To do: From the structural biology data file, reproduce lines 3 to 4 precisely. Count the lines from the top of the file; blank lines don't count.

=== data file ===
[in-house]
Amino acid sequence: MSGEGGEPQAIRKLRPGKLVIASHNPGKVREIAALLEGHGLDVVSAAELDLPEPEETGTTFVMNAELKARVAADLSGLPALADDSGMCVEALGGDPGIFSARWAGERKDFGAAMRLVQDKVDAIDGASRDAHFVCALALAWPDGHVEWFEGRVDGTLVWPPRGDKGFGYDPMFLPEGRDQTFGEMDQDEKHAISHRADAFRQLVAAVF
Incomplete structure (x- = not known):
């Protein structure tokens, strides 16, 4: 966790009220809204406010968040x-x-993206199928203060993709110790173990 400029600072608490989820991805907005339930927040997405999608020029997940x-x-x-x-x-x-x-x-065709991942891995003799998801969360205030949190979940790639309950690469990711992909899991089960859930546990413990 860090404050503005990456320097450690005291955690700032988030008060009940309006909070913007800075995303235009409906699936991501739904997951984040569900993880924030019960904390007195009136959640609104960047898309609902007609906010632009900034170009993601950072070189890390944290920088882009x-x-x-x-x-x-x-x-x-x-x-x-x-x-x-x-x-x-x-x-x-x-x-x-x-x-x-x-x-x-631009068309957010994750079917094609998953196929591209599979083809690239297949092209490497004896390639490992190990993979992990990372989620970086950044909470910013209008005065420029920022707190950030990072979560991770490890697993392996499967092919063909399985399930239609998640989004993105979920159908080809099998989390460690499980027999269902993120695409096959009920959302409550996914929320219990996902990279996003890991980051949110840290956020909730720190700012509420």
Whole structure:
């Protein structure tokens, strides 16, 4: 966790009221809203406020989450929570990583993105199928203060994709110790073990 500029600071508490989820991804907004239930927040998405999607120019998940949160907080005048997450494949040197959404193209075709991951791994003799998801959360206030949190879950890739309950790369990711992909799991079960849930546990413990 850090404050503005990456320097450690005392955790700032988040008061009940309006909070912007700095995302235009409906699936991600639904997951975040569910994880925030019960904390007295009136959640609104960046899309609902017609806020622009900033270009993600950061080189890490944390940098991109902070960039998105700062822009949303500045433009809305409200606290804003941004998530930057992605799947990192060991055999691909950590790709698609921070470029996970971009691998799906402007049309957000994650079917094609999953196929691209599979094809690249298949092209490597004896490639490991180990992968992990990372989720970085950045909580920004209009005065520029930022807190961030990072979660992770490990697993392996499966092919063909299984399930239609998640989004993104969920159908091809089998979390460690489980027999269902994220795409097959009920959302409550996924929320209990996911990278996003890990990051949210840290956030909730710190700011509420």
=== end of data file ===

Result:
Incomplete structure (x- = not known):
């Protein structure tokens, strides 16, 4: 966790009220809204406010968040x-x-993206199928203060993709110790173990 400029600072608490989820991805907005339930927040997405999608020029997940x-x-x-x-x-x-x-x-065709991942891995003799998801969360205030949190979940790639309950690469990711992909899991089960859930546990413990 860090404050503005990456320097450690005291955690700032988030008060009940309006909070913007800075995303235009409906699936991501739904997951984040569900993880924030019960904390007195009136959640609104960047898309609902007609906010632009900034170009993601950072070189890390944290920088882009x-x-x-x-x-x-x-x-x-x-x-x-x-x-x-x-x-x-x-x-x-x-x-x-x-x-x-x-x-x-631009068309957010994750079917094609998953196929591209599979083809690239297949092209490497004896390639490992190990993979992990990372989620970086950044909470910013209008005065420029920022707190950030990072979560991770490890697993392996499967092919063909399985399930239609998640989004993105979920159908080809099998989390460690499980027999269902993120695409096959009920959302409550996914929320219990996902990279996003890991980051949110840290956020909730720190700012509420």